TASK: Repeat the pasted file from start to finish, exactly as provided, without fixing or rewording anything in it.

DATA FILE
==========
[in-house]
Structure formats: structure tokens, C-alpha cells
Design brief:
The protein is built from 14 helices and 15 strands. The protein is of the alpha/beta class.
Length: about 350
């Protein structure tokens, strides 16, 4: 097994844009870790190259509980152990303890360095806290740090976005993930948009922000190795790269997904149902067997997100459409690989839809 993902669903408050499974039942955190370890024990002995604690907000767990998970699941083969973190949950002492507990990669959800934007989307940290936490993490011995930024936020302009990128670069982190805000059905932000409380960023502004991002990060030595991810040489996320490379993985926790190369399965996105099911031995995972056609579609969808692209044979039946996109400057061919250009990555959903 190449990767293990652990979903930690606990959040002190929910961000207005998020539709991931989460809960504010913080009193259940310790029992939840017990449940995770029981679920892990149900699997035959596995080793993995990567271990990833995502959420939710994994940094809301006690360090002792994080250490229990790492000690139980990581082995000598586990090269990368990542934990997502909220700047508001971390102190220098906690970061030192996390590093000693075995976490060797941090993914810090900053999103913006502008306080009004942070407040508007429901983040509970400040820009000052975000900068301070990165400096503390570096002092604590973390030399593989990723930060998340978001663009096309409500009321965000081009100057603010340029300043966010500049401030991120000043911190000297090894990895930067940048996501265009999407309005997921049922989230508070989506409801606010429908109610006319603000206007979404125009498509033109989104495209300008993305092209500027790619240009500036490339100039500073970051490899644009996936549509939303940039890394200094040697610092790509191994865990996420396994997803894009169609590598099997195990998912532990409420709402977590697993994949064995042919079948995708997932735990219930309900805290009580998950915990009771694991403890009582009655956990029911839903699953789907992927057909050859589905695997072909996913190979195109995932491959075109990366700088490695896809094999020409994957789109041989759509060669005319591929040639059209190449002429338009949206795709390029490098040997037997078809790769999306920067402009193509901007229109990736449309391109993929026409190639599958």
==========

[in-house]
Structure formats: structure tokens, C-alpha cells
Design brief:
The protein is built from 14 helices and 15 strands. The protein is of the alpha/beta class.
Length: about 350
């Protein structure tokens, strides 16, 4: 097994844009870790190259509980152990303890360095806290740090976005993930948009922000190795790269997904149902067997997100459409690989839809 993902669903408050499974039942955190370890024990002995604690907000767990998970699941083969973190949950002492507990990669959800934007989307940290936490993490011995930024936020302009990128670069982190805000059905932000409380960023502004991002990060030595991810040489996320490379993985926790190369399965996105099911031995995972056609579609969808692209044979039946996109400057061919250009990555959903 190449990767293990652990979903930690606990959040002190929910961000207005998020539709991931989460809960504010913080009193259940310790029992939840017990449940995770029981679920892990149900699997035959596995080793993995990567271990990833995502959420939710994994940094809301006690360090002792994080250490229990790492000690139980990581082995000598586990090269990368990542934990997502909220700047508001971390102190220098906690970061030192996390590093000693075995976490060797941090993914810090900053999103913006502008306080009004942070407040508007429901983040509970400040820009000052975000900068301070990165400096503390570096002092604590973390030399593989990723930060998340978001663009096309409500009321965000081009100057603010340029300043966010500049401030991120000043911190000297090894990895930067940048996501265009999407309005997921049922989230508070989506409801606010429908109610006319603000206007979404125009498509033109989104495209300008993305092209500027790619240009500036490339100039500073970051490899644009996936549509939303940039890394200094040697610092790509191994865990996420396994997803894009169609590598099997195990998912532990409420709402977590697993994949064995042919079948995708997932735990219930309900805290009580998950915990009771694991403890009582009655956990029911839903699953789907992927057909050859589905695997072909996913190979195109995932491959075109990366700088490695896809094999020409994957789109041989759509060669005319591929040639059209190449002429338009949206795709390029490098040997037997078809790769999306920067402009193509901007229109990736449309391109993929026409190639599958």